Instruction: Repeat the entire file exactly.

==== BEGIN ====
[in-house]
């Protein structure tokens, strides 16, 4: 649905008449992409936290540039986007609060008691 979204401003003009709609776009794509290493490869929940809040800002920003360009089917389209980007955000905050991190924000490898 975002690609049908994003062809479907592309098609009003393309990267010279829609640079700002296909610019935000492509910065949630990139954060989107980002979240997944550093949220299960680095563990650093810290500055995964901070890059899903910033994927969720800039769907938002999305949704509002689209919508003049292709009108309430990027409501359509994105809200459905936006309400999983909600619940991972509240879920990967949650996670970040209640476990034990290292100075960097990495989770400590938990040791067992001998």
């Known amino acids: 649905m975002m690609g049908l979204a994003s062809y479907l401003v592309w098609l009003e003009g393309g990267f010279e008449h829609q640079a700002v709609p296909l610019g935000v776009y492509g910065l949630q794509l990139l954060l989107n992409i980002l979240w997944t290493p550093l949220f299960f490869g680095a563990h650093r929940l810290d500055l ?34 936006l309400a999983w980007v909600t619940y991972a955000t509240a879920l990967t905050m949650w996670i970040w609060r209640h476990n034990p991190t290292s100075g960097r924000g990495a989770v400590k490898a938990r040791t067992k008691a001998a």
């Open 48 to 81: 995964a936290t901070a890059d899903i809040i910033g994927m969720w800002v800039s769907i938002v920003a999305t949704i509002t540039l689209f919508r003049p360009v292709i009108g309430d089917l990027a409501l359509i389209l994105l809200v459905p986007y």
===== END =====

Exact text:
[in-house]
């Protein structure tokens, strides 16, 4: 649905008449992409936290540039986007609060008691 979204401003003009709609776009794509290493490869929940809040800002920003360009089917389209980007955000905050991190924000490898 975002690609049908994003062809479907592309098609009003393309990267010279829609640079700002296909610019935000492509910065949630990139954060989107980002979240997944550093949220299960680095563990650093810290500055995964901070890059899903910033994927969720800039769907938002999305949704509002689209919508003049292709009108309430990027409501359509994105809200459905936006309400999983909600619940991972509240879920990967949650996670970040209640476990034990290292100075960097990495989770400590938990040791067992001998």
């Known amino acids: 649905m975002m690609g049908l979204a994003s062809y479907l401003v592309w098609l009003e003009g393309g990267f010279e008449h829609q640079a700002v709609p296909l610019g935000v776009y492509g910065l949630q794509l990139l954060l989107n992409i980002l979240w997944t290493p550093l949220f299960f490869g680095a563990h650093r929940l810290d500055l ?34 936006l309400a999983w980007v909600t619940y991972a955000t509240a879920l990967t905050m949650w996670i970040w609060r209640h476990n034990p991190t290292s100075g960097r924000g990495a989770v400590k490898a938990r040791t067992k008691a001998a």
């Open 48 to 81: 995964a936290t901070a890059d899903i809040i910033g994927m969720w800002v800039s769907i938002v920003a999305t949704i509002t540039l689209f919508r003049p360009v292709i009108g309430d089917l990027a409501l359509i389209l994105l809200v459905p986007y």